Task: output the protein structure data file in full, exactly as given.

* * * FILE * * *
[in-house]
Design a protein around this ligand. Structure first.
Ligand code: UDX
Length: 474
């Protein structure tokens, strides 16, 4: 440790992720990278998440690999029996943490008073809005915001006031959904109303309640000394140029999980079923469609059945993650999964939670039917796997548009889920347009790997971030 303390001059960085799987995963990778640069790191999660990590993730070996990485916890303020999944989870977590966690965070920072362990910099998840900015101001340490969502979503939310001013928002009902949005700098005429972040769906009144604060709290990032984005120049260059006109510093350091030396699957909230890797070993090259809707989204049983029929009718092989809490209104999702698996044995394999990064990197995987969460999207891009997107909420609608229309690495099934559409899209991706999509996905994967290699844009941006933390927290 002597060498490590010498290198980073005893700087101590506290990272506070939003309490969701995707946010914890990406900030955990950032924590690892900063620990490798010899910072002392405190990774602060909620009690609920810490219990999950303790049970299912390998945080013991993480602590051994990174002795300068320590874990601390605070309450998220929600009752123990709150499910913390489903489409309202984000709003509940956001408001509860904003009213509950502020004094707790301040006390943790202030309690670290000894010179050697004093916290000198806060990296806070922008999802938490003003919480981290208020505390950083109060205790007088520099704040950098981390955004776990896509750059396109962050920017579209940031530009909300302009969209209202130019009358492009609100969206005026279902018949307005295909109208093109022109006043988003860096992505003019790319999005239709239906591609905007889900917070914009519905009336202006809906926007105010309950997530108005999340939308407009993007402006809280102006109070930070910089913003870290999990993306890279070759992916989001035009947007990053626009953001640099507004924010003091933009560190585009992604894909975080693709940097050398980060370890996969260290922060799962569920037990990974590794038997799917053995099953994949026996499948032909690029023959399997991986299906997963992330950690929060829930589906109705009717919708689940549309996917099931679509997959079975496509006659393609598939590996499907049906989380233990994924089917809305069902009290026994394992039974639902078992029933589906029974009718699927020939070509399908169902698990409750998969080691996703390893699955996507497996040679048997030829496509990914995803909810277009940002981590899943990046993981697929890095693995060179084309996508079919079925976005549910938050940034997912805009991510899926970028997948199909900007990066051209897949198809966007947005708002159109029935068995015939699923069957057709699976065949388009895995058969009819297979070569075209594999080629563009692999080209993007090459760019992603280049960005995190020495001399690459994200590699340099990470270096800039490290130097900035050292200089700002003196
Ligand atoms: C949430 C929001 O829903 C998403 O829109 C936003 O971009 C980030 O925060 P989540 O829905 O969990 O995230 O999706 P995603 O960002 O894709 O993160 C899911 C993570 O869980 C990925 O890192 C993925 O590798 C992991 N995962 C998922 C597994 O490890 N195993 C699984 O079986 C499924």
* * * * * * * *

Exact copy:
[in-house]
Design a protein around this ligand. Structure first.
Ligand code: UDX
Length: 474
């Protein structure tokens, strides 16, 4: 440790992720990278998440690999029996943490008073809005915001006031959904109303309640000394140029999980079923469609059945993650999964939670039917796997548009889920347009790997971030 303390001059960085799987995963990778640069790191999660990590993730070996990485916890303020999944989870977590966690965070920072362990910099998840900015101001340490969502979503939310001013928002009902949005700098005429972040769906009144604060709290990032984005120049260059006109510093350091030396699957909230890797070993090259809707989204049983029929009718092989809490209104999702698996044995394999990064990197995987969460999207891009997107909420609608229309690495099934559409899209991706999509996905994967290699844009941006933390927290 002597060498490590010498290198980073005893700087101590506290990272506070939003309490969701995707946010914890990406900030955990950032924590690892900063620990490798010899910072002392405190990774602060909620009690609920810490219990999950303790049970299912390998945080013991993480602590051994990174002795300068320590874990601390605070309450998220929600009752123990709150499910913390489903489409309202984000709003509940956001408001509860904003009213509950502020004094707790301040006390943790202030309690670290000894010179050697004093916290000198806060990296806070922008999802938490003003919480981290208020505390950083109060205790007088520099704040950098981390955004776990896509750059396109962050920017579209940031530009909300302009969209209202130019009358492009609100969206005026279902018949307005295909109208093109022109006043988003860096992505003019790319999005239709239906591609905007889900917070914009519905009336202006809906926007105010309950997530108005999340939308407009993007402006809280102006109070930070910089913003870290999990993306890279070759992916989001035009947007990053626009953001640099507004924010003091933009560190585009992604894909975080693709940097050398980060370890996969260290922060799962569920037990990974590794038997799917053995099953994949026996499948032909690029023959399997991986299906997963992330950690929060829930589906109705009717919708689940549309996917099931679509997959079975496509006659393609598939590996499907049906989380233990994924089917809305069902009290026994394992039974639902078992029933589906029974009718699927020939070509399908169902698990409750998969080691996703390893699955996507497996040679048997030829496509990914995803909810277009940002981590899943990046993981697929890095693995060179084309996508079919079925976005549910938050940034997912805009991510899926970028997948199909900007990066051209897949198809966007947005708002159109029935068995015939699923069957057709699976065949388009895995058969009819297979070569075209594999080629563009692999080209993007090459760019992603280049960005995190020495001399690459994200590699340099990470270096800039490290130097900035050292200089700002003196
Ligand atoms: C949430 C929001 O829903 C998403 O829109 C936003 O971009 C980030 O925060 P989540 O829905 O969990 O995230 O999706 P995603 O960002 O894709 O993160 C899911 C993570 O869980 C990925 O890192 C993925 O590798 C992991 N995962 C998922 C597994 O490890 N195993 C699984 O079986 C499924």